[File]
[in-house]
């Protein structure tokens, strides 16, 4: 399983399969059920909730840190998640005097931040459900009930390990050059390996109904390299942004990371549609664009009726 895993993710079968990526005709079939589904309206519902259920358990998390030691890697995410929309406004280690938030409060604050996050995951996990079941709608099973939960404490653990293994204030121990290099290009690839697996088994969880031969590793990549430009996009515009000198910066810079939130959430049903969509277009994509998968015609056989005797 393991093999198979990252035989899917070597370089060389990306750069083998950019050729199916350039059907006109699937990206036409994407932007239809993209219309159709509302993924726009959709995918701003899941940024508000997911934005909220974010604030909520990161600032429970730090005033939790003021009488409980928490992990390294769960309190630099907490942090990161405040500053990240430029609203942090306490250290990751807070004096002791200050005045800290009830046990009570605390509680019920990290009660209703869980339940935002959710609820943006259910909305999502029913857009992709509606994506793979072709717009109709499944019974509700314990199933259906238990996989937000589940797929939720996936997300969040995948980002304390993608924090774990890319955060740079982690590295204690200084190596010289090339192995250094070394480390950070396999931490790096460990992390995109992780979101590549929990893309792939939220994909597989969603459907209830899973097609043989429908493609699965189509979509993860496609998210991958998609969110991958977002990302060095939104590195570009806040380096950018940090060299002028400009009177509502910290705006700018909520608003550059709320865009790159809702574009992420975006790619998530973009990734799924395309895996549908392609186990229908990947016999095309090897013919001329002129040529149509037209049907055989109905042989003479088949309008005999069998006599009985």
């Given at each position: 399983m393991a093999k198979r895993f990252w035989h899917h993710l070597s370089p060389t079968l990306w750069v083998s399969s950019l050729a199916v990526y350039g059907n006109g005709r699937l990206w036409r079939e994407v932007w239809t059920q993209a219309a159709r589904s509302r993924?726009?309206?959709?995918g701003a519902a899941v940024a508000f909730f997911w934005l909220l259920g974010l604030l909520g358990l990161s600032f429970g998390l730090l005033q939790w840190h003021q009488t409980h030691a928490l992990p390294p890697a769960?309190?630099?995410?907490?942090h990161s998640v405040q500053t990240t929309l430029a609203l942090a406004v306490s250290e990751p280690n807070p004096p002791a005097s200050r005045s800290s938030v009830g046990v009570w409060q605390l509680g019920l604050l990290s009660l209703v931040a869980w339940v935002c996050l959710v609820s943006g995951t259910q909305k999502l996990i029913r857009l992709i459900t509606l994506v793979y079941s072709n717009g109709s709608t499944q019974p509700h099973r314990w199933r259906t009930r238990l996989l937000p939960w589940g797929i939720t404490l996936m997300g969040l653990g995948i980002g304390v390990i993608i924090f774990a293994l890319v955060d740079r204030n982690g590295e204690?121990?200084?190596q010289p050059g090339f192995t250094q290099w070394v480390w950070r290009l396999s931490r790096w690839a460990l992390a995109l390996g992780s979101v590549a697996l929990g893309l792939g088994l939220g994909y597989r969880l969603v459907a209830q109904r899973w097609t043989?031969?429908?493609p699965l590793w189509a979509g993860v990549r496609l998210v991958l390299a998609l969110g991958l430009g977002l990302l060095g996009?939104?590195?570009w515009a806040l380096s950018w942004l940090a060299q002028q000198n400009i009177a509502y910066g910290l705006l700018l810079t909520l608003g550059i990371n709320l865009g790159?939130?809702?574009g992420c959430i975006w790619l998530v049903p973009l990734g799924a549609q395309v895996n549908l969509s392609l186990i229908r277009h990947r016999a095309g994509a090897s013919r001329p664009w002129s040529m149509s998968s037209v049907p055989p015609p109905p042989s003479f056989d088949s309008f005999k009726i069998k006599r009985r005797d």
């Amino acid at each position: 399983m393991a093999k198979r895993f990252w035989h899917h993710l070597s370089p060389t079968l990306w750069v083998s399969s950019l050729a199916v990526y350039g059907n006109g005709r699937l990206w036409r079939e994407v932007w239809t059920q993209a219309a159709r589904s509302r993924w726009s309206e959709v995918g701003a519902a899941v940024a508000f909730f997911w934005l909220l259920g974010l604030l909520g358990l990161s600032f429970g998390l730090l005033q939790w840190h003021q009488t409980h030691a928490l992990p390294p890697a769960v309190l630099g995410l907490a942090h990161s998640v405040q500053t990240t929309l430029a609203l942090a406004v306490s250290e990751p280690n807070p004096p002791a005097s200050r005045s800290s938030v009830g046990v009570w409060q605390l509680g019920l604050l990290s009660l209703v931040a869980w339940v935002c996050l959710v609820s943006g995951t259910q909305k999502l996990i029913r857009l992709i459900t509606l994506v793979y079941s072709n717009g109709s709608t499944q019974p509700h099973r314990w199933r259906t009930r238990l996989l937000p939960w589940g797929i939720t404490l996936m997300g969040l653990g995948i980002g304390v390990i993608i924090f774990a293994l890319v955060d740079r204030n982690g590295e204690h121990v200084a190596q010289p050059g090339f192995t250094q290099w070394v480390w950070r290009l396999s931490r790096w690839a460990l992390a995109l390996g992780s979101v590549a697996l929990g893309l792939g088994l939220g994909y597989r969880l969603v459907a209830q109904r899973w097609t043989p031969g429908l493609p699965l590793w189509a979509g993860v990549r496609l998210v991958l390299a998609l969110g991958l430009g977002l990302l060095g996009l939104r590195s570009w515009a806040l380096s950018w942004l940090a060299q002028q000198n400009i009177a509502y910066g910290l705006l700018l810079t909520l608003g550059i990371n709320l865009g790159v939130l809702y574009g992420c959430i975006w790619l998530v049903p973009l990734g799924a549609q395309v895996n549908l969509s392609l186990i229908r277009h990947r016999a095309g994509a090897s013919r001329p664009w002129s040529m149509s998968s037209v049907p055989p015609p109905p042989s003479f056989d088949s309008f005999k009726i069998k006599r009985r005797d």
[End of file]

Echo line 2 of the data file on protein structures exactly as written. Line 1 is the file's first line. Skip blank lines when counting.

């Protein structure tokens, strides 16, 4: 399983399969059920909730840190998640005097931040459900009930390990050059390996109904390299942004990371549609664009009726 895993993710079968990526005709079939589904309206519902259920358990998390030691890697995410929309406004280690938030409060604050996050995951996990079941709608099973939960404490653990293994204030121990290099290009690839697996088994969880031969590793990549430009996009515009000198910066810079939130959430049903969509277009994509998968015609056989005797 393991093999198979990252035989899917070597370089060389990306750069083998950019050729199916350039059907006109699937990206036409994407932007239809993209219309159709509302993924726009959709995918701003899941940024508000997911934005909220974010604030909520990161600032429970730090005033939790003021009488409980928490992990390294769960309190630099907490942090990161405040500053990240430029609203942090306490250290990751807070004096002791200050005045800290009830046990009570605390509680019920990290009660209703869980339940935002959710609820943006259910909305999502029913857009992709509606994506793979072709717009109709499944019974509700314990199933259906238990996989937000589940797929939720996936997300969040995948980002304390993608924090774990890319955060740079982690590295204690200084190596010289090339192995250094070394480390950070396999931490790096460990992390995109992780979101590549929990893309792939939220994909597989969603459907209830899973097609043989429908493609699965189509979509993860496609998210991958998609969110991958977002990302060095939104590195570009806040380096950018940090060299002028400009009177509502910290705006700018909520608003550059709320865009790159809702574009992420975006790619998530973009990734799924395309895996549908392609186990229908990947016999095309090897013919001329002129040529149509037209049907055989109905042989003479088949309008005999069998006599009985």